Jose L Navia, M.D., from Cleveland Clinic presented the summary of animal studies of the Gatevalved stent for catheter-guided orthotopic implantation procedure for the correction of Functional Tricuspid Regurgitation (FTR).  Functional tricuspid regurgitation occurs yearly in close to 2 million patients in the USA, as reported by Stuge & Liddicoat previously.  These patients are for a large part categorized as inoperable by the STS (Society of Thoracic Surgery) guidelines, that is, at very high or prohibitive-risk of mortality if they undergo standard cardiac surgery under cardiopulmonary bypass due to the various co-morbidities they have.

The presentation was made in the Paris Percutaneous Revascularization Congress in May.  The Paris PCR2016, a meeting that occurs every May there and is the largest meeting in Europe for advances in catheter-guided therapies for cardiac and vascular disease in which new advances in technology are reviewed.  Dr. Navia’s presentation was the only valve replacement therapy presented for correction of FTR, all others were efforts in percutaneous repair for Mitral Regurgitation (MR) and TR.  It was noted that the methodology of valve replacement yielded total immediate correction of retrograde flow in the tricuspid position in studies in swine.  Methods Dr. Navia presented included the trans-atrial approach for tricuspid valve implantation and the early study of orthotopic tricuspid implant by trans-jugular catheter access, with survival to more than 150 days and a well-functioning tricuspid valve.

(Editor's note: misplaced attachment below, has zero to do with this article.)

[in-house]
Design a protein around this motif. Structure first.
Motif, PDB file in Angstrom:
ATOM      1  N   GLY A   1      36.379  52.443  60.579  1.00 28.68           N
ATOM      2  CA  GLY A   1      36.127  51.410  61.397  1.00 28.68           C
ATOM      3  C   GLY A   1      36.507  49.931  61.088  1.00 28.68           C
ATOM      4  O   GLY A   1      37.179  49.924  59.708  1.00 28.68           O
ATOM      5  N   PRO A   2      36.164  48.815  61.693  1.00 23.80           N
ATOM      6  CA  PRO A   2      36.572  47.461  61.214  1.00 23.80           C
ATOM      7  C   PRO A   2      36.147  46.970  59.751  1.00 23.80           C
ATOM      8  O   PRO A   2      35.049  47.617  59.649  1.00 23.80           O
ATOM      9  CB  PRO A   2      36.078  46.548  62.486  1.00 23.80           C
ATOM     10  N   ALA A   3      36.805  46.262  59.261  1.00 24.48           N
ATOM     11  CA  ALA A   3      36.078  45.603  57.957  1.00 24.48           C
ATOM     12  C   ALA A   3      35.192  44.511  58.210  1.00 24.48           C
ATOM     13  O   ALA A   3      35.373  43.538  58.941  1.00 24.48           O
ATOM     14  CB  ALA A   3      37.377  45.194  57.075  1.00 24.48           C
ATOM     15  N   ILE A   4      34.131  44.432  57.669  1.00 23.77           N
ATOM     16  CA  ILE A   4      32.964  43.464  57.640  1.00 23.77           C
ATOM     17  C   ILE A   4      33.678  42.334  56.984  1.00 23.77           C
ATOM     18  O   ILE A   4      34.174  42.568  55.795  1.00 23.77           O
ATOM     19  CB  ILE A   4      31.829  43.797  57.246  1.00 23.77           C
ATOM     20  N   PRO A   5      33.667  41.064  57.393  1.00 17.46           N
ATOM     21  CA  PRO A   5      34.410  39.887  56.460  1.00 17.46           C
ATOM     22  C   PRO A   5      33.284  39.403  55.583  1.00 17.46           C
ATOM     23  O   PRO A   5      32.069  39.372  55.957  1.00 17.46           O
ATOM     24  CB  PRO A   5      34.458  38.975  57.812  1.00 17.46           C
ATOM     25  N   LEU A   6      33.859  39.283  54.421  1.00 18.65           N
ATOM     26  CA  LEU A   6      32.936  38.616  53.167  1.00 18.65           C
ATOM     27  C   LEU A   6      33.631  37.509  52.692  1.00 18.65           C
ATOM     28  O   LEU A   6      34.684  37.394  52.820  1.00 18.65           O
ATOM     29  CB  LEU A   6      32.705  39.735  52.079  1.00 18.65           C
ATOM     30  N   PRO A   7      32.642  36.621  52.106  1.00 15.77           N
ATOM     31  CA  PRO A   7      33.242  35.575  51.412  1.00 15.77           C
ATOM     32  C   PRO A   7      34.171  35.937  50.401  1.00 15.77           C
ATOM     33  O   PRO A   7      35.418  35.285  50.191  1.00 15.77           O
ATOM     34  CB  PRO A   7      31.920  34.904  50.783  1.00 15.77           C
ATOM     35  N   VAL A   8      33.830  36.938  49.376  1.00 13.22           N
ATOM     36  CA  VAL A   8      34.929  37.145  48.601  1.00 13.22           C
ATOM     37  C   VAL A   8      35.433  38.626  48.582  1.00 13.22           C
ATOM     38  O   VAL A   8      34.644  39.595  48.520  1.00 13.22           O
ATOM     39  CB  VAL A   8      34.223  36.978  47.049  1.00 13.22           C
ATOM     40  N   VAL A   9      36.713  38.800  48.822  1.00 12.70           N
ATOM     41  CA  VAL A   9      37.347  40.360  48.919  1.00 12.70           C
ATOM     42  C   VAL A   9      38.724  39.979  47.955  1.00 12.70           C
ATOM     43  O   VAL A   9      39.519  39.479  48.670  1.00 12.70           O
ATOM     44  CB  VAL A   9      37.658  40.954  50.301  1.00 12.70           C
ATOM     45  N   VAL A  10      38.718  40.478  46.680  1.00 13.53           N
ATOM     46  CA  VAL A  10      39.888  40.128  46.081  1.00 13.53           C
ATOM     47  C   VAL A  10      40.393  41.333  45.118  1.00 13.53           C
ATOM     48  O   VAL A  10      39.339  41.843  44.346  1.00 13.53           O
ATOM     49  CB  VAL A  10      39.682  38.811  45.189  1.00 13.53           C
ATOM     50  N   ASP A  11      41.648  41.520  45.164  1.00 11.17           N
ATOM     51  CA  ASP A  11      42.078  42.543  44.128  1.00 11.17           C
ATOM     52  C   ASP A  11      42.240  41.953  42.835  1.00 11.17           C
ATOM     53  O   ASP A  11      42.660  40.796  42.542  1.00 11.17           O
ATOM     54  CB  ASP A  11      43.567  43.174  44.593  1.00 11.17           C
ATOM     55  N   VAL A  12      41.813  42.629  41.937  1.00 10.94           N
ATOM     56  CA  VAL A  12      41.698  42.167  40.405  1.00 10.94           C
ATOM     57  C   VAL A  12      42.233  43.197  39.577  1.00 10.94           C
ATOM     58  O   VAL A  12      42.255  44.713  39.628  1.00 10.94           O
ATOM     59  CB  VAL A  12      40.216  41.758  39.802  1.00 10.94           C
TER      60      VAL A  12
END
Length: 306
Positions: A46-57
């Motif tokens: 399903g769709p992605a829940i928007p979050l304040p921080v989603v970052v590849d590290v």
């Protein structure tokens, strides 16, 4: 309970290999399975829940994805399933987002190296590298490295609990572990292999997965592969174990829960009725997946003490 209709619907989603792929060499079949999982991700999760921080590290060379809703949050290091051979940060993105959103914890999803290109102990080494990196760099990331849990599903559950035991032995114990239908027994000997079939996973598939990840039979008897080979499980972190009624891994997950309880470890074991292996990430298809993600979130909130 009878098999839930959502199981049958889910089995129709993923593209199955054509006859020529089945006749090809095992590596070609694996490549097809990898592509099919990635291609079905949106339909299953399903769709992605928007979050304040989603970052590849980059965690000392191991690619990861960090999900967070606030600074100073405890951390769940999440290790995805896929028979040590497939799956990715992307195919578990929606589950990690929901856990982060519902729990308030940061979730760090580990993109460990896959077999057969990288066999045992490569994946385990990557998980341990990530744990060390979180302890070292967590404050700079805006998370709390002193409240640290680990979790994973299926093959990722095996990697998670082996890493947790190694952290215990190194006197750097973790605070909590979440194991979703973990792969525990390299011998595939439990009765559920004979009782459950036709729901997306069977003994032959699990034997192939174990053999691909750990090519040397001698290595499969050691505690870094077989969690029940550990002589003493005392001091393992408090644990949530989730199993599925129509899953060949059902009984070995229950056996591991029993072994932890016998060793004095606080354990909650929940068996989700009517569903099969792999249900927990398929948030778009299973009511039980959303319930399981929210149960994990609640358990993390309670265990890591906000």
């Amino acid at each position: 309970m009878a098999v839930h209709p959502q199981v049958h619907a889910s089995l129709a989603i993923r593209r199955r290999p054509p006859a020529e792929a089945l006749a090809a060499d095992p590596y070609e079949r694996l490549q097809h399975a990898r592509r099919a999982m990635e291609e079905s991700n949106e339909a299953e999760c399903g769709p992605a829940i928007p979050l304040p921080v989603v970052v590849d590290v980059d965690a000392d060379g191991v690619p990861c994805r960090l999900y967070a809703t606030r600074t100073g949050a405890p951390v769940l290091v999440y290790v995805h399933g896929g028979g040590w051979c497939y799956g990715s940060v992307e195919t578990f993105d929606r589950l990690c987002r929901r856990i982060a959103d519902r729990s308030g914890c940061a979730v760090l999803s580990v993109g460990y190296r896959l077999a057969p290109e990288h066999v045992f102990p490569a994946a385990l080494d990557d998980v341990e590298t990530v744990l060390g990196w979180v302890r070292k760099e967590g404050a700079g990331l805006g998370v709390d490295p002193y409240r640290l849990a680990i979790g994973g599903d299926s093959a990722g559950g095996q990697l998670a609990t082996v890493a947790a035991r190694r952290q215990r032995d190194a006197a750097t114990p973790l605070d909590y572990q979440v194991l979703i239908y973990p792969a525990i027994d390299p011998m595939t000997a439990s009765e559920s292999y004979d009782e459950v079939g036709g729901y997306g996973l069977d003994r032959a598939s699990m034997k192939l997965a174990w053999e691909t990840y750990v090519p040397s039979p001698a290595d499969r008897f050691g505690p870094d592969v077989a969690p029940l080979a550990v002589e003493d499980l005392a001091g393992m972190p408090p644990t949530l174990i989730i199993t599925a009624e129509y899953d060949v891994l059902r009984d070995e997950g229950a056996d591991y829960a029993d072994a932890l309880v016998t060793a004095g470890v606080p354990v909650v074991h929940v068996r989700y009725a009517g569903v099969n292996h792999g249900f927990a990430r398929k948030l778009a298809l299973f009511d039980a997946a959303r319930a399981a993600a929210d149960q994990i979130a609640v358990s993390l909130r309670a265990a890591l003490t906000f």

The presentation was well received, although as it is well known, the debate continues, whether the preferred technique 10 years forward will be replacement or repair.  It was noticed however, that in general replacement produces immediate abolition of TR that continues at a month or more, while all presently developing repair techniques present residual regurgitation immediately post-procedure and often worsening with time.

Dr. Navia’s presentation is found here under………PCR2016-V2013B.PDF